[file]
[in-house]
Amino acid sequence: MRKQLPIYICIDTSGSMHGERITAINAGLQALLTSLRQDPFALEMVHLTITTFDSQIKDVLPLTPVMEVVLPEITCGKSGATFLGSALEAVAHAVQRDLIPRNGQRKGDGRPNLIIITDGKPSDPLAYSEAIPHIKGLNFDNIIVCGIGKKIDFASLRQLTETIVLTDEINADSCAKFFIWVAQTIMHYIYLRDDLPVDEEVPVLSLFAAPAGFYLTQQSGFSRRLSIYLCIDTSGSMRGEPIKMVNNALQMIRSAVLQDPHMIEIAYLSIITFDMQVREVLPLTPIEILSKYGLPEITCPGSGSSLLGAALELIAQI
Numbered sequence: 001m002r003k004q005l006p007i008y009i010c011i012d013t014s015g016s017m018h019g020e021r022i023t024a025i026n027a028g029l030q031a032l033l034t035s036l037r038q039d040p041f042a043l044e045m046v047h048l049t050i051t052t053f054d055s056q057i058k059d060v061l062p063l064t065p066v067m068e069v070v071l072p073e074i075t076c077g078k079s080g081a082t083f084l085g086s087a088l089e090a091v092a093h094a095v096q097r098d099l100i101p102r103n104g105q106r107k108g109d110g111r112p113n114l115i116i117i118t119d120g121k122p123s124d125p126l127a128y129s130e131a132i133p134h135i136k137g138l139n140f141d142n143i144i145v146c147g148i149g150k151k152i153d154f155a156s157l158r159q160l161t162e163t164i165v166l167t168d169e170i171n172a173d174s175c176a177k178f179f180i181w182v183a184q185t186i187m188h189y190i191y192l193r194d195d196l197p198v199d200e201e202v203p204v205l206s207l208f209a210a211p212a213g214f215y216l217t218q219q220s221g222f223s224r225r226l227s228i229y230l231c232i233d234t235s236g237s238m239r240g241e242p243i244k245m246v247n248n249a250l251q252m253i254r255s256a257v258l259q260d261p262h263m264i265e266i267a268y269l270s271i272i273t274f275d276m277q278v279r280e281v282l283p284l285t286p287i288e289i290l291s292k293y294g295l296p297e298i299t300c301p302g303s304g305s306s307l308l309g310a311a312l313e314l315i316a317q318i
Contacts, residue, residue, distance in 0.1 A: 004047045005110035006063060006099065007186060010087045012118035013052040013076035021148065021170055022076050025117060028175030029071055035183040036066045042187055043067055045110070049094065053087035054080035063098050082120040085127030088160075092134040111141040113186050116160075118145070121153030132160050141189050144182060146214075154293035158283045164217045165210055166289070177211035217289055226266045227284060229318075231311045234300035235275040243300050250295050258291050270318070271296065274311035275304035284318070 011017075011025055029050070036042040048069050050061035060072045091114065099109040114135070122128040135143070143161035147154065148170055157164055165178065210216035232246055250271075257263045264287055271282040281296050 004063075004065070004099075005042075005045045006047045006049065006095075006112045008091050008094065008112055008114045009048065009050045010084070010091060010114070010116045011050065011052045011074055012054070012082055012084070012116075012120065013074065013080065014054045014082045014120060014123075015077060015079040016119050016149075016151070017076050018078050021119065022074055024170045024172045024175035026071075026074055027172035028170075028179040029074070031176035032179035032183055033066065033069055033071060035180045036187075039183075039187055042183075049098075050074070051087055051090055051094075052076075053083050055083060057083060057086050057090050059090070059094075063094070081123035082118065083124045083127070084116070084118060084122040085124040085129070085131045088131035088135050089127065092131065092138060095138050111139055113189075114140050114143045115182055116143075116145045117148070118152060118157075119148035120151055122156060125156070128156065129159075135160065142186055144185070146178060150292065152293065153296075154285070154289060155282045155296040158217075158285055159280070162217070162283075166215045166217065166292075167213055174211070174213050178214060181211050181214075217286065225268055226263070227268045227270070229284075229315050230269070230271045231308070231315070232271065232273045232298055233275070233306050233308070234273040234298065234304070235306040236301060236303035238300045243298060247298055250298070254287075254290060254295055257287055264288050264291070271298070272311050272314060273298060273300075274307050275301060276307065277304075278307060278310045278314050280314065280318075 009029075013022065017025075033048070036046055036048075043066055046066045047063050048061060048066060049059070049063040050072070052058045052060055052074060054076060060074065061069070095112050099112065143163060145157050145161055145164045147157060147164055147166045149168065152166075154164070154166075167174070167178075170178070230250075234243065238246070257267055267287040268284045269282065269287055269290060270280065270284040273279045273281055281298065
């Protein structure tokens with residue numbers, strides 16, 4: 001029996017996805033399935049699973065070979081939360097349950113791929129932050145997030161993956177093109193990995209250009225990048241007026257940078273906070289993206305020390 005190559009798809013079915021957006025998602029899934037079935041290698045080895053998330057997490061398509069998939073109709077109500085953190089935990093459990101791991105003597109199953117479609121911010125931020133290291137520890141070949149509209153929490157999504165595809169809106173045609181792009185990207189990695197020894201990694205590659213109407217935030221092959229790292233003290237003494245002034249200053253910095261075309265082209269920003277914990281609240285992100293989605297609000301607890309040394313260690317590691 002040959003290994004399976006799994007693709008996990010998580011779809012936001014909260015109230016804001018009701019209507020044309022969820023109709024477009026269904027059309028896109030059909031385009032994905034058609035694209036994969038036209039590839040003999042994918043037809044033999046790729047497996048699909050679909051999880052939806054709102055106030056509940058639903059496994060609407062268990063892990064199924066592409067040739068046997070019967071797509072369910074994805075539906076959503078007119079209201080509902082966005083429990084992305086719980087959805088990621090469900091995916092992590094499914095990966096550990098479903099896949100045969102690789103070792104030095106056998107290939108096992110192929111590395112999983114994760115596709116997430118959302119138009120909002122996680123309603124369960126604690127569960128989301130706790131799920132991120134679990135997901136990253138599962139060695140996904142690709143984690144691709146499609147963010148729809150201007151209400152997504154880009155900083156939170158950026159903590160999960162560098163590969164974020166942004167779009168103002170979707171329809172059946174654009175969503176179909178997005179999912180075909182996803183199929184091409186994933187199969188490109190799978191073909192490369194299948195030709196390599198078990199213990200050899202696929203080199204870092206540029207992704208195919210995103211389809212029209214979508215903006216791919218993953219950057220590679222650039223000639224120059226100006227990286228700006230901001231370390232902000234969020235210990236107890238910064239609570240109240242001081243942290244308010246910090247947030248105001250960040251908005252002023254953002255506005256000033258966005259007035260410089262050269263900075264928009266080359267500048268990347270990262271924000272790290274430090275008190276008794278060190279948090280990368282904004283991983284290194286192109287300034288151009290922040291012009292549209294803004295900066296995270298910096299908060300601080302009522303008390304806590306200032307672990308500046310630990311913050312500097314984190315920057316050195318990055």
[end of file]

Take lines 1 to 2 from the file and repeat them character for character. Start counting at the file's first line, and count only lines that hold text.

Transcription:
[in-house]
Amino acid sequence: MRKQLPIYICIDTSGSMHGERITAINAGLQALLTSLRQDPFALEMVHLTITTFDSQIKDVLPLTPVMEVVLPEITCGKSGATFLGSALEAVAHAVQRDLIPRNGQRKGDGRPNLIIITDGKPSDPLAYSEAIPHIKGLNFDNIIVCGIGKKIDFASLRQLTETIVLTDEINADSCAKFFIWVAQTIMHYIYLRDDLPVDEEVPVLSLFAAPAGFYLTQQSGFSRRLSIYLCIDTSGSMRGEPIKMVNNALQMIRSAVLQDPHMIEIAYLSIITFDMQVREVLPLTPIEILSKYGLPEITCPGSGSSLLGAALELIAQI